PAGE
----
As the United States continues to hurtle toward the "fiscal cliff" deadline, Majority Leader Harry Reid called on House Republicans to back a Senate bill to extend tax cuts for all except those households earning more than $250,000 a year.

Meanwhile, Michael Steel, spokesman for House Speaker John Boehner, said “Senator Reid should talk less and legislate more."

 (AP Photo/The Herald Leader, David Stephenson)
(David Stephenson/The Herald Leader via Associated Press)

The bitter debate over the fiscal cliff is centered around an age-old American political truth: Most liberals are fine with raising taxes on the wealthy — in this case, Americans making more than $250,000 a year —  to pay for social programs, and most conservatives would prefer to cut spending instead. But while the fiscal cliff can sometimes seem like a uniquely American crisis, a new multinational study from a Swedish economic institute shows the same partisan spending preferences exist in other countries as well.

In a paper called, "Generosity and Political Preferences," Sweden's Research Institute of Industrial Economics found that left-wing voters in several countries are far more likely to support redistributing money, regardless of whether it benefits them personally.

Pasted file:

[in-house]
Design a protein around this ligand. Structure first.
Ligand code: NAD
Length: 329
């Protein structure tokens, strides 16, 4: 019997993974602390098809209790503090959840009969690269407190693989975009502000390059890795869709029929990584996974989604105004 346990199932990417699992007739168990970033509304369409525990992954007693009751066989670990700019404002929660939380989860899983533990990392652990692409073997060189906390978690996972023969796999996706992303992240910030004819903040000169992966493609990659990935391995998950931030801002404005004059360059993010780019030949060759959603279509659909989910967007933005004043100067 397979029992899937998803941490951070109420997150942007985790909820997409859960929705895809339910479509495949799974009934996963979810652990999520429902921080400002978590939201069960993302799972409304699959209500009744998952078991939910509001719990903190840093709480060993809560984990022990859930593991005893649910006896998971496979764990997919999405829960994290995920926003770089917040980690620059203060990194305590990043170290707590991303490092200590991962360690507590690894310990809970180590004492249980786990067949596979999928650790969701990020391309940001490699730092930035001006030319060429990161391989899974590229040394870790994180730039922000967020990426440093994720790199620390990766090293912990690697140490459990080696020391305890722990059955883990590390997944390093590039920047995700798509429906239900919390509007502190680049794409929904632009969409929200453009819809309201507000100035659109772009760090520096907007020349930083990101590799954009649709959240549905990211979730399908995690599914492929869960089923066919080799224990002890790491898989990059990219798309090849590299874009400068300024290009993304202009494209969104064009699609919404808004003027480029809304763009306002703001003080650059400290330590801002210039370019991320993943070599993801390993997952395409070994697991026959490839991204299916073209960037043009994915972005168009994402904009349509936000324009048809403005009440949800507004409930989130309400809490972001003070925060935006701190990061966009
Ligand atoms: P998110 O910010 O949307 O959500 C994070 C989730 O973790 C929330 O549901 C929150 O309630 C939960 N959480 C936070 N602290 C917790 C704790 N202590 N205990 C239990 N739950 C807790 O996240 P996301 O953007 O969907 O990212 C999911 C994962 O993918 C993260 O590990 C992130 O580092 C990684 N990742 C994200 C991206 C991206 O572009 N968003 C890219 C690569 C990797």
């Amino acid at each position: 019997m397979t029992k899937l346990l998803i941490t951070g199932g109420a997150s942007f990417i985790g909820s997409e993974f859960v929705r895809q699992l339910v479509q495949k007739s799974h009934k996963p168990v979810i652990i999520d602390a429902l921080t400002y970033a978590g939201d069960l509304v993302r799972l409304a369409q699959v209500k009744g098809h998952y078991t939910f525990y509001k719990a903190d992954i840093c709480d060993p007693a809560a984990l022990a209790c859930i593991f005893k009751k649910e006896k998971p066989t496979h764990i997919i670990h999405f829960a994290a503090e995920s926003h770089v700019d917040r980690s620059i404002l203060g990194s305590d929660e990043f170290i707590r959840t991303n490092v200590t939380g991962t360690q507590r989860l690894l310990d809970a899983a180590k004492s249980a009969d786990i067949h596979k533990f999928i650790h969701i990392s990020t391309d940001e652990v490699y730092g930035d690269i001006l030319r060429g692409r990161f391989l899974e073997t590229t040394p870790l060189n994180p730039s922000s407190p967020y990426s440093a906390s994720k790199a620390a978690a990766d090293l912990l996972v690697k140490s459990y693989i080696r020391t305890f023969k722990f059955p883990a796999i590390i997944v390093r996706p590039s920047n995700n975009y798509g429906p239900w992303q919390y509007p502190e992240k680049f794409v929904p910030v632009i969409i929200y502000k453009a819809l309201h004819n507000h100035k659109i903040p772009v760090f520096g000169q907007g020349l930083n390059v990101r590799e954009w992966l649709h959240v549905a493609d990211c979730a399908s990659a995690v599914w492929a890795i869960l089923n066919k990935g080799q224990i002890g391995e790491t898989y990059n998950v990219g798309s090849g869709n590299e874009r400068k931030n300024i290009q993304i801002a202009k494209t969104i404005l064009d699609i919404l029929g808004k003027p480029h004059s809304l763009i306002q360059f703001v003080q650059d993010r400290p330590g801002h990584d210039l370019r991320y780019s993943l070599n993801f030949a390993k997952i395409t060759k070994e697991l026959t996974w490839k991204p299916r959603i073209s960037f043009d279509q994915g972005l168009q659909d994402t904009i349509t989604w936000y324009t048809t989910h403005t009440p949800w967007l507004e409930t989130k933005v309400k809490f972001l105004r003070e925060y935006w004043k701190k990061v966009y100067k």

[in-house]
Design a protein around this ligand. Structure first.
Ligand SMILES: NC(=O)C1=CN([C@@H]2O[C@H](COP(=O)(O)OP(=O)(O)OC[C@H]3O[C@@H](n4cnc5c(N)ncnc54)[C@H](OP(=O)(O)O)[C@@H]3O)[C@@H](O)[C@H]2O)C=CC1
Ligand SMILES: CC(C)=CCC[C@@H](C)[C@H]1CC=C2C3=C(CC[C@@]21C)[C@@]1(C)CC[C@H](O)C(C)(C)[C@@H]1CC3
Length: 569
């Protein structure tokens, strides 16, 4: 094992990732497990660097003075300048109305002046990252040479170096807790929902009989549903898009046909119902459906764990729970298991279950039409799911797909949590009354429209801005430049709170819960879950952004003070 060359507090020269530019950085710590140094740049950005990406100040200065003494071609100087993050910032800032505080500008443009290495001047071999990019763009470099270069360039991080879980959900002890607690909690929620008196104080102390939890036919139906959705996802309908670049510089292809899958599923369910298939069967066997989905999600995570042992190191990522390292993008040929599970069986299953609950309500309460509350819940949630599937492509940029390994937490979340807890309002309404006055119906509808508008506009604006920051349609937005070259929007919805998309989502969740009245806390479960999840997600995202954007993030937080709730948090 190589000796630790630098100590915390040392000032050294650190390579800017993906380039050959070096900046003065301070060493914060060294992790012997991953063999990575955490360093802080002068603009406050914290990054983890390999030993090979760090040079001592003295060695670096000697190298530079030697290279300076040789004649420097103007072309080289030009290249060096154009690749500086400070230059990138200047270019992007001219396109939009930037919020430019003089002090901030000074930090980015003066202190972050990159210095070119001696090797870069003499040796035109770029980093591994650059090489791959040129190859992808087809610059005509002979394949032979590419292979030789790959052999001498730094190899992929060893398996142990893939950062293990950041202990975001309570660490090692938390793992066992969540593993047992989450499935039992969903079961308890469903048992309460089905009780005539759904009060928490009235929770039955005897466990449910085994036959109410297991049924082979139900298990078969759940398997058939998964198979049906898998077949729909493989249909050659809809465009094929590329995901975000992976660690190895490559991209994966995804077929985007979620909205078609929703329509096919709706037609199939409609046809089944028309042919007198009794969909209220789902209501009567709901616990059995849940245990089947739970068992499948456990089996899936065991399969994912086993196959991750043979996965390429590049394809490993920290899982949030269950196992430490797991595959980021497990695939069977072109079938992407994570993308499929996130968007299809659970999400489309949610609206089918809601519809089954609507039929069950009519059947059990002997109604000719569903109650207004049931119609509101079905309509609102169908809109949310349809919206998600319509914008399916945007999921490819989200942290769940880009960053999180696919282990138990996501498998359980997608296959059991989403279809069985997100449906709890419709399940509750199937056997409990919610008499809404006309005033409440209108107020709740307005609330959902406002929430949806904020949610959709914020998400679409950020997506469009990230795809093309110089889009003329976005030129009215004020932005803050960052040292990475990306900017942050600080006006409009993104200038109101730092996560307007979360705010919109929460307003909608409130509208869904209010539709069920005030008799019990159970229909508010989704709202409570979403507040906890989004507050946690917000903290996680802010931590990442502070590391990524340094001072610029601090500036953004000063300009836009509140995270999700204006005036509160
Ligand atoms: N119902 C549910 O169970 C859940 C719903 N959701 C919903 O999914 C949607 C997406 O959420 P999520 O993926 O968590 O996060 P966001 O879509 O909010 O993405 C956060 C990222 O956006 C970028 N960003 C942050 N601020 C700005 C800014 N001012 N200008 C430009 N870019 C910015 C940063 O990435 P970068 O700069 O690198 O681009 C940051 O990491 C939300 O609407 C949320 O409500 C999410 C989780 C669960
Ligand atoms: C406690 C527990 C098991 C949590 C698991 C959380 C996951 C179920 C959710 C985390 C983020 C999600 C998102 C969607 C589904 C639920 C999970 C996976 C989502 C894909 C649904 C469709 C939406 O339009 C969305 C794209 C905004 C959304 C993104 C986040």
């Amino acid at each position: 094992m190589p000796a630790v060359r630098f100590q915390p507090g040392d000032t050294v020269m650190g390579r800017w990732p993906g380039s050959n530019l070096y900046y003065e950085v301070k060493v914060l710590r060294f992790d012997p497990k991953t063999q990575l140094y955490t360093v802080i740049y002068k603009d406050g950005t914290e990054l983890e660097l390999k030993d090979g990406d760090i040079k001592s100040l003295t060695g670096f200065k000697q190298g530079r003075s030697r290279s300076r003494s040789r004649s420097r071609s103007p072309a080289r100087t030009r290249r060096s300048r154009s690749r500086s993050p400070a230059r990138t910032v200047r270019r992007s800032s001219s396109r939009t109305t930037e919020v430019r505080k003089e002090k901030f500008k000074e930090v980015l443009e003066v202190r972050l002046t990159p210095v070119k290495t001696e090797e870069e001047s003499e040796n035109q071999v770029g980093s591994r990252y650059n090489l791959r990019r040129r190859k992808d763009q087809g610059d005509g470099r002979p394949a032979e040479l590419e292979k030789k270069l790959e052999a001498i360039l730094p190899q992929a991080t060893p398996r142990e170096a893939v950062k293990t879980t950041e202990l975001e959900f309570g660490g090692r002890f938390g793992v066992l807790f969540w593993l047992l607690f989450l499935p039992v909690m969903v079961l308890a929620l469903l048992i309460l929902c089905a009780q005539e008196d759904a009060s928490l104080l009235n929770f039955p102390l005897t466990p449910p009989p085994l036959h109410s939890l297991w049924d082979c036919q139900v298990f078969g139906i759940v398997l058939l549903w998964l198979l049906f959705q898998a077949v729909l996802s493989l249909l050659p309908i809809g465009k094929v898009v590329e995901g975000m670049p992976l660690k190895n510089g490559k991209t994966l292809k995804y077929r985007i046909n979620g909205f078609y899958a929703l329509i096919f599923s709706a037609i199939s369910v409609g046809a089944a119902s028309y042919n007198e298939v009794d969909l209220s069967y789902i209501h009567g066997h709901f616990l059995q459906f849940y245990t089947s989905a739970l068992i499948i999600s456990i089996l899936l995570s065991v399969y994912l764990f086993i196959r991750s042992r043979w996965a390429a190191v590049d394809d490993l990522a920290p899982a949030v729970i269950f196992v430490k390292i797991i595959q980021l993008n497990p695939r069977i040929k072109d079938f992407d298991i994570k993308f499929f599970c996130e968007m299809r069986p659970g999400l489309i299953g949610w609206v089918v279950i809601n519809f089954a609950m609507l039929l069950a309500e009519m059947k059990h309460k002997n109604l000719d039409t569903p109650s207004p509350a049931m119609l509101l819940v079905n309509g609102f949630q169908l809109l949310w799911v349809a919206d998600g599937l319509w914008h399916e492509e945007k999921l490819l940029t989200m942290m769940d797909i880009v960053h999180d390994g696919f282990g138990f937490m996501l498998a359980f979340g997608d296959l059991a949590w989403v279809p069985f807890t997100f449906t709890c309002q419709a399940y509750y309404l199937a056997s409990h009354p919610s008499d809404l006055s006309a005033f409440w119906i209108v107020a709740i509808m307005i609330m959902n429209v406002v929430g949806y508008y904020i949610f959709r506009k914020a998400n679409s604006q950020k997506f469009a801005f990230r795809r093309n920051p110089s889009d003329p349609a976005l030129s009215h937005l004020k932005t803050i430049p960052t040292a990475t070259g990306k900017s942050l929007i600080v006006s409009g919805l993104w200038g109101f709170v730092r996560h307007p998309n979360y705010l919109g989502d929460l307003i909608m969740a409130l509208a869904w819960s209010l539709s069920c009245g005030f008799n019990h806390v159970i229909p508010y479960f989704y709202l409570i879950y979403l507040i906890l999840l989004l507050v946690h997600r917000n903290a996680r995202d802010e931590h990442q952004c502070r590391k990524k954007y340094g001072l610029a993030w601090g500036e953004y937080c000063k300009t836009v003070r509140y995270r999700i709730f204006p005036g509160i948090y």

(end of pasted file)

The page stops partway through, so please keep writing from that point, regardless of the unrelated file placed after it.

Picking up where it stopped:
Here's how it worked: First, researchers asked participants to self-identify as left- or right-wing and rate their ideas about income inequality on a scale from one to 10. Researchers then gave them an imaginary sum of money in that country's currency and asked them to either keep it all to themselves or share it with other, imaginary citizens, some of whom were labeled as being from their same political party.

The researchers surveyed 5,000 respondents in the United Kingdom, Canada, Sweden and the United States using this so-called "dictator game" and found that individuals across the nations who identify as left-wing gave away more of the money, particularly to people who agree with them politically. The authors conclude that this most likely means that liberals favor that sort of spending because they think it benefits society, but not necessarily themselves.

Our first main finding is that generosity in the dictator game is positively related to political preferences for typical left-wing policies, in particular to preferences for spending on public goods ... Respondents thus seem to be willing to give up private consumption in order to behave consistently with their political ideals, i.e. they "put their money where their mouth is."

The only outlying country was the U.K., where Tory, or conservative, participants were more generous than Labour ones, which the authors hypothesize might be related to the fact that Tories might not embody traditional right-wing values as much as conservative parties in the other countries do.

So as Americans wring their hands over Congress' inaction, they can take heart in knowing that deep-rooted disagreement over how best to distribute society's resources isn't a uniquely American phenomenon.